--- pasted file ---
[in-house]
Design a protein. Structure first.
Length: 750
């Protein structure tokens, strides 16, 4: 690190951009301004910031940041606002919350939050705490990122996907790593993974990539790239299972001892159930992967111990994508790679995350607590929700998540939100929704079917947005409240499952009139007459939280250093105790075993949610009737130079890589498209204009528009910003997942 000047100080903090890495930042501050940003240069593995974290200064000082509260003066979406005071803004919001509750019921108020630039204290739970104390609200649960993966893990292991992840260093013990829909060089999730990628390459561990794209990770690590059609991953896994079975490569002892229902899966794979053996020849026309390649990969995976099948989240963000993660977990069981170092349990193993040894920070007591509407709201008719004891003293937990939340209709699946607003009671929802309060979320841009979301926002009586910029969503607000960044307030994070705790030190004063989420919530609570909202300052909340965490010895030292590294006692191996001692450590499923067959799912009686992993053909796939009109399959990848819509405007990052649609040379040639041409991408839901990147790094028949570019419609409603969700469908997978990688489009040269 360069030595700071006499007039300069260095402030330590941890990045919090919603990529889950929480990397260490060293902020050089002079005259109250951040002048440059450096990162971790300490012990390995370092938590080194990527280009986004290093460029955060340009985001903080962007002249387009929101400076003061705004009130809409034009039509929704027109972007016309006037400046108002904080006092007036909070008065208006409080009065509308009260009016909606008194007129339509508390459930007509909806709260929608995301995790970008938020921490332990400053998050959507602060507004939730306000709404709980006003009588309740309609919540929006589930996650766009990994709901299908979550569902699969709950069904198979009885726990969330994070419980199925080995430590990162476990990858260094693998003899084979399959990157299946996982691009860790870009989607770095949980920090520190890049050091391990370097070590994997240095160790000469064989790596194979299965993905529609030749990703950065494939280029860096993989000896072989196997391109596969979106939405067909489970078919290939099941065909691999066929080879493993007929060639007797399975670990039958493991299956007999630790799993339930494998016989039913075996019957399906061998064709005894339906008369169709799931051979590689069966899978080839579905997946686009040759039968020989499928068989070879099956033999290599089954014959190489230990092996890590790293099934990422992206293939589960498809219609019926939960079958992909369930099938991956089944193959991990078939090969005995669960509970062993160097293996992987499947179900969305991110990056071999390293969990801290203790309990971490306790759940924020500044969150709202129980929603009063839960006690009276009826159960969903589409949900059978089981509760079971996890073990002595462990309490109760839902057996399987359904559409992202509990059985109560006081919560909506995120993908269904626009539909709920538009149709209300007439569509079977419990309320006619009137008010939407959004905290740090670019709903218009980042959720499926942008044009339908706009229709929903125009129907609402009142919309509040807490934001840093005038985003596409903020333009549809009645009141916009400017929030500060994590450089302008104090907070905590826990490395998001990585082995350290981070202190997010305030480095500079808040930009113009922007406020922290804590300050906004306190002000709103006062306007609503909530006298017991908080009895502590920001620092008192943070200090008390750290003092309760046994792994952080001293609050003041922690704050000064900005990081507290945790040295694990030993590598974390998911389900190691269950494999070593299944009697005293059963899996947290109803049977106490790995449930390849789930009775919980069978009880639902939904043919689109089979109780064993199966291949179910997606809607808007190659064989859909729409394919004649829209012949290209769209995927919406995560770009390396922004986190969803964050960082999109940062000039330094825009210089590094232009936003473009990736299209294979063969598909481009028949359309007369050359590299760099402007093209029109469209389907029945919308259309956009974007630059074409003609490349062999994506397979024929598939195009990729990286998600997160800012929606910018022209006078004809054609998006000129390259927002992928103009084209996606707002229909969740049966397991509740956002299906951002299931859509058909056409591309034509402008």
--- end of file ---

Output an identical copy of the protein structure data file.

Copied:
[in-house]
Design a protein. Structure first.
Length: 750
């Protein structure tokens, strides 16, 4: 690190951009301004910031940041606002919350939050705490990122996907790593993974990539790239299972001892159930992967111990994508790679995350607590929700998540939100929704079917947005409240499952009139007459939280250093105790075993949610009737130079890589498209204009528009910003997942 000047100080903090890495930042501050940003240069593995974290200064000082509260003066979406005071803004919001509750019921108020630039204290739970104390609200649960993966893990292991992840260093013990829909060089999730990628390459561990794209990770690590059609991953896994079975490569002892229902899966794979053996020849026309390649990969995976099948989240963000993660977990069981170092349990193993040894920070007591509407709201008719004891003293937990939340209709699946607003009671929802309060979320841009979301926002009586910029969503607000960044307030994070705790030190004063989420919530609570909202300052909340965490010895030292590294006692191996001692450590499923067959799912009686992993053909796939009109399959990848819509405007990052649609040379040639041409991408839901990147790094028949570019419609409603969700469908997978990688489009040269 360069030595700071006499007039300069260095402030330590941890990045919090919603990529889950929480990397260490060293902020050089002079005259109250951040002048440059450096990162971790300490012990390995370092938590080194990527280009986004290093460029955060340009985001903080962007002249387009929101400076003061705004009130809409034009039509929704027109972007016309006037400046108002904080006092007036909070008065208006409080009065509308009260009016909606008194007129339509508390459930007509909806709260929608995301995790970008938020921490332990400053998050959507602060507004939730306000709404709980006003009588309740309609919540929006589930996650766009990994709901299908979550569902699969709950069904198979009885726990969330994070419980199925080995430590990162476990990858260094693998003899084979399959990157299946996982691009860790870009989607770095949980920090520190890049050091391990370097070590994997240095160790000469064989790596194979299965993905529609030749990703950065494939280029860096993989000896072989196997391109596969979106939405067909489970078919290939099941065909691999066929080879493993007929060639007797399975670990039958493991299956007999630790799993339930494998016989039913075996019957399906061998064709005894339906008369169709799931051979590689069966899978080839579905997946686009040759039968020989499928068989070879099956033999290599089954014959190489230990092996890590790293099934990422992206293939589960498809219609019926939960079958992909369930099938991956089944193959991990078939090969005995669960509970062993160097293996992987499947179900969305991110990056071999390293969990801290203790309990971490306790759940924020500044969150709202129980929603009063839960006690009276009826159960969903589409949900059978089981509760079971996890073990002595462990309490109760839902057996399987359904559409992202509990059985109560006081919560909506995120993908269904626009539909709920538009149709209300007439569509079977419990309320006619009137008010939407959004905290740090670019709903218009980042959720499926942008044009339908706009229709929903125009129907609402009142919309509040807490934001840093005038985003596409903020333009549809009645009141916009400017929030500060994590450089302008104090907070905590826990490395998001990585082995350290981070202190997010305030480095500079808040930009113009922007406020922290804590300050906004306190002000709103006062306007609503909530006298017991908080009895502590920001620092008192943070200090008390750290003092309760046994792994952080001293609050003041922690704050000064900005990081507290945790040295694990030993590598974390998911389900190691269950494999070593299944009697005293059963899996947290109803049977106490790995449930390849789930009775919980069978009880639902939904043919689109089979109780064993199966291949179910997606809607808007190659064989859909729409394919004649829209012949290209769209995927919406995560770009390396922004986190969803964050960082999109940062000039330094825009210089590094232009936003473009990736299209294979063969598909481009028949359309007369050359590299760099402007093209029109469209389907029945919308259309956009974007630059074409003609490349062999994506397979024929598939195009990729990286998600997160800012929606910018022209006078004809054609998006000129390259927002992928103009084209996606707002229909969740049966397991509740956002299906951002299931859509058909056409591309034509402008």